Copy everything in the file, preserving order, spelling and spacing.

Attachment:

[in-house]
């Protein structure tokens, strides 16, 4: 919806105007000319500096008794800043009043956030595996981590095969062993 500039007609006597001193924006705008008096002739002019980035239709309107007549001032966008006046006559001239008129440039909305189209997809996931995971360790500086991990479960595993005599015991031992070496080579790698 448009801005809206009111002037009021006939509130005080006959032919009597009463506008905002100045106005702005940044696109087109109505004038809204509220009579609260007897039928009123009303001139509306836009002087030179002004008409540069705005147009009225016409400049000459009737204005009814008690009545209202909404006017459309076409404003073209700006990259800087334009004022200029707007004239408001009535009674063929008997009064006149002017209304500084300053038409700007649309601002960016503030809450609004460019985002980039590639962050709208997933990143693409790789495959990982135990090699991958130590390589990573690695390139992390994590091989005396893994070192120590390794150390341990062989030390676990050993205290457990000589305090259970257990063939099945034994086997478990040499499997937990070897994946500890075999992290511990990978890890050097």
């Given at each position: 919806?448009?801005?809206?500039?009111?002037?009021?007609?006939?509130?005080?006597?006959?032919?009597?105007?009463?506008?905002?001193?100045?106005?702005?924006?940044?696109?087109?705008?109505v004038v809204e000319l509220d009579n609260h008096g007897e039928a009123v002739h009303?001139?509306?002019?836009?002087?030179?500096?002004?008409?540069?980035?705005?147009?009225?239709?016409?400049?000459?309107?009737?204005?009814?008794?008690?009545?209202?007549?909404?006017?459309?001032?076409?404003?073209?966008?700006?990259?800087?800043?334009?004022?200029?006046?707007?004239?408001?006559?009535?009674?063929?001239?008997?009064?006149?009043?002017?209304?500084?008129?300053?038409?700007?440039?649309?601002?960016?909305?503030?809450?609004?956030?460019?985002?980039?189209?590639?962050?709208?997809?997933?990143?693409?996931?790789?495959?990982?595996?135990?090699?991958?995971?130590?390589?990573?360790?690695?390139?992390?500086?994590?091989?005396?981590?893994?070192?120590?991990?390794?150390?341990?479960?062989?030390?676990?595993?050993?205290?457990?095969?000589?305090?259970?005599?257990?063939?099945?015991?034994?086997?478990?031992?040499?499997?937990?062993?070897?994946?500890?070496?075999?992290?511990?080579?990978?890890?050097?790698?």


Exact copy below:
[in-house]
């Protein structure tokens, strides 16, 4: 919806105007000319500096008794800043009043956030595996981590095969062993 500039007609006597001193924006705008008096002739002019980035239709309107007549001032966008006046006559001239008129440039909305189209997809996931995971360790500086991990479960595993005599015991031992070496080579790698 448009801005809206009111002037009021006939509130005080006959032919009597009463506008905002100045106005702005940044696109087109109505004038809204509220009579609260007897039928009123009303001139509306836009002087030179002004008409540069705005147009009225016409400049000459009737204005009814008690009545209202909404006017459309076409404003073209700006990259800087334009004022200029707007004239408001009535009674063929008997009064006149002017209304500084300053038409700007649309601002960016503030809450609004460019985002980039590639962050709208997933990143693409790789495959990982135990090699991958130590390589990573690695390139992390994590091989005396893994070192120590390794150390341990062989030390676990050993205290457990000589305090259970257990063939099945034994086997478990040499499997937990070897994946500890075999992290511990990978890890050097």
């Given at each position: 919806?448009?801005?809206?500039?009111?002037?009021?007609?006939?509130?005080?006597?006959?032919?009597?105007?009463?506008?905002?001193?100045?106005?702005?924006?940044?696109?087109?705008?109505v004038v809204e000319l509220d009579n609260h008096g007897e039928a009123v002739h009303?001139?509306?002019?836009?002087?030179?500096?002004?008409?540069?980035?705005?147009?009225?239709?016409?400049?000459?309107?009737?204005?009814?008794?008690?009545?209202?007549?909404?006017?459309?001032?076409?404003?073209?966008?700006?990259?800087?800043?334009?004022?200029?006046?707007?004239?408001?006559?009535?009674?063929?001239?008997?009064?006149?009043?002017?209304?500084?008129?300053?038409?700007?440039?649309?601002?960016?909305?503030?809450?609004?956030?460019?985002?980039?189209?590639?962050?709208?997809?997933?990143?693409?996931?790789?495959?990982?595996?135990?090699?991958?995971?130590?390589?990573?360790?690695?390139?992390?500086?994590?091989?005396?981590?893994?070192?120590?991990?390794?150390?341990?479960?062989?030390?676990?595993?050993?205290?457990?095969?000589?305090?259970?005599?257990?063939?099945?015991?034994?086997?478990?031992?040499?499997?937990?062993?070897?994946?500890?070496?075999?992290?511990?080579?990978?890890?050097?790698?």